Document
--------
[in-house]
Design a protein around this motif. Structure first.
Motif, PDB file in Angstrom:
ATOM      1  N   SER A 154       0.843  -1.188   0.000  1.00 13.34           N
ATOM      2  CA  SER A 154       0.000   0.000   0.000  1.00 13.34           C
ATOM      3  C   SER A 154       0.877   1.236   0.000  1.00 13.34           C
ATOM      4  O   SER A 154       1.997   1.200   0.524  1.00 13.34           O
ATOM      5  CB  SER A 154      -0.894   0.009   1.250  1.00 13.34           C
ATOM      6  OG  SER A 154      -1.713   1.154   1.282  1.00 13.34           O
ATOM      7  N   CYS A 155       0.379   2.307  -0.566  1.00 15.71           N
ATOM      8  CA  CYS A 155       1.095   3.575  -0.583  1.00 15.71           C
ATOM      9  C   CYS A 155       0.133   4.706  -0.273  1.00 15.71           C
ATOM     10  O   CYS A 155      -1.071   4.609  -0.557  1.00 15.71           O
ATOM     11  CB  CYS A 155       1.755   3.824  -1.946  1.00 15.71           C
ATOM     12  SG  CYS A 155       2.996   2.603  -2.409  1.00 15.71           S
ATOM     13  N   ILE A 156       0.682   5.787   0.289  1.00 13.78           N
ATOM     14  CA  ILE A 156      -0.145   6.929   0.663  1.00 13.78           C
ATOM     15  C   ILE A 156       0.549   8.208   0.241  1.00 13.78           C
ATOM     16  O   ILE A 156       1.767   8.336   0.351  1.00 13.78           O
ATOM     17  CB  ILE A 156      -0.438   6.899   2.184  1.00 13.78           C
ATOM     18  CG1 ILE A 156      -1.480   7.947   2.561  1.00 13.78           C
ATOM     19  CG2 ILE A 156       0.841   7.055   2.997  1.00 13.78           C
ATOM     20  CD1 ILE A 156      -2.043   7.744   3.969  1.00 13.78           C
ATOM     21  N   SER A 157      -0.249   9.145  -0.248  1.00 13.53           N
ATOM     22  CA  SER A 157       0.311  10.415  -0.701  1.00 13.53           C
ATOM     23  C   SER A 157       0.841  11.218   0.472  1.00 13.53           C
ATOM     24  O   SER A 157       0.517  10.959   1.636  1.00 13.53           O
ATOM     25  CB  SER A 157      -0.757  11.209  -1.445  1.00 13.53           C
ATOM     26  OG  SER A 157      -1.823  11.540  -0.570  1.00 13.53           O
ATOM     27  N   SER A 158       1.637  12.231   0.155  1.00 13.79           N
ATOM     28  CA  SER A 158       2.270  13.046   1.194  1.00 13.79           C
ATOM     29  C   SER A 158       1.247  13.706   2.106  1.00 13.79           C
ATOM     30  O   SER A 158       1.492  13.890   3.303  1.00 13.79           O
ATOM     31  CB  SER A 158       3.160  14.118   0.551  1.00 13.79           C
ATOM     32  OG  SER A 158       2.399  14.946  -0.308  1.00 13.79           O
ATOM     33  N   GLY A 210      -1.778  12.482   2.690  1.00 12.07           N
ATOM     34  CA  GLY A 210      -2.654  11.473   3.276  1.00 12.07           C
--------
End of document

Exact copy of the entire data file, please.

[in-house]
Design a protein around this motif. Structure first.
Motif, PDB file in Angstrom:
ATOM      1  N   SER A 154       0.843  -1.188   0.000  1.00 13.34           N
ATOM      2  CA  SER A 154       0.000   0.000   0.000  1.00 13.34           C
ATOM      3  C   SER A 154       0.877   1.236   0.000  1.00 13.34           C
ATOM      4  O   SER A 154       1.997   1.200   0.524  1.00 13.34           O
ATOM      5  CB  SER A 154      -0.894   0.009   1.250  1.00 13.34           C
ATOM      6  OG  SER A 154      -1.713   1.154   1.282  1.00 13.34           O
ATOM      7  N   CYS A 155       0.379   2.307  -0.566  1.00 15.71           N
ATOM      8  CA  CYS A 155       1.095   3.575  -0.583  1.00 15.71           C
ATOM      9  C   CYS A 155       0.133   4.706  -0.273  1.00 15.71           C
ATOM     10  O   CYS A 155      -1.071   4.609  -0.557  1.00 15.71           O
ATOM     11  CB  CYS A 155       1.755   3.824  -1.946  1.00 15.71           C
ATOM     12  SG  CYS A 155       2.996   2.603  -2.409  1.00 15.71           S
ATOM     13  N   ILE A 156       0.682   5.787   0.289  1.00 13.78           N
ATOM     14  CA  ILE A 156      -0.145   6.929   0.663  1.00 13.78           C
ATOM     15  C   ILE A 156       0.549   8.208   0.241  1.00 13.78           C
ATOM     16  O   ILE A 156       1.767   8.336   0.351  1.00 13.78           O
ATOM     17  CB  ILE A 156      -0.438   6.899   2.184  1.00 13.78           C
ATOM     18  CG1 ILE A 156      -1.480   7.947   2.561  1.00 13.78           C
ATOM     19  CG2 ILE A 156       0.841   7.055   2.997  1.00 13.78           C
ATOM     20  CD1 ILE A 156      -2.043   7.744   3.969  1.00 13.78           C
ATOM     21  N   SER A 157      -0.249   9.145  -0.248  1.00 13.53           N
ATOM     22  CA  SER A 157       0.311  10.415  -0.701  1.00 13.53           C
ATOM     23  C   SER A 157       0.841  11.218   0.472  1.00 13.53           C
ATOM     24  O   SER A 157       0.517  10.959   1.636  1.00 13.53           O
ATOM     25  CB  SER A 157      -0.757  11.209  -1.445  1.00 13.53           C
ATOM     26  OG  SER A 157      -1.823  11.540  -0.570  1.00 13.53           O
ATOM     27  N   SER A 158       1.637  12.231   0.155  1.00 13.79           N
ATOM     28  CA  SER A 158       2.270  13.046   1.194  1.00 13.79           C
ATOM     29  C   SER A 158       1.247  13.706   2.106  1.00 13.79           C
ATOM     30  O   SER A 158       1.492  13.890   3.303  1.00 13.79           O
ATOM     31  CB  SER A 158       3.160  14.118   0.551  1.00 13.79           C
ATOM     32  OG  SER A 158       2.399  14.946  -0.308  1.00 13.79           O
ATOM     33  N   GLY A 210      -1.778  12.482   2.690  1.00 12.07           N
ATOM     34  CA  GLY A 210      -2.654  11.473   3.276  1.00 12.07           C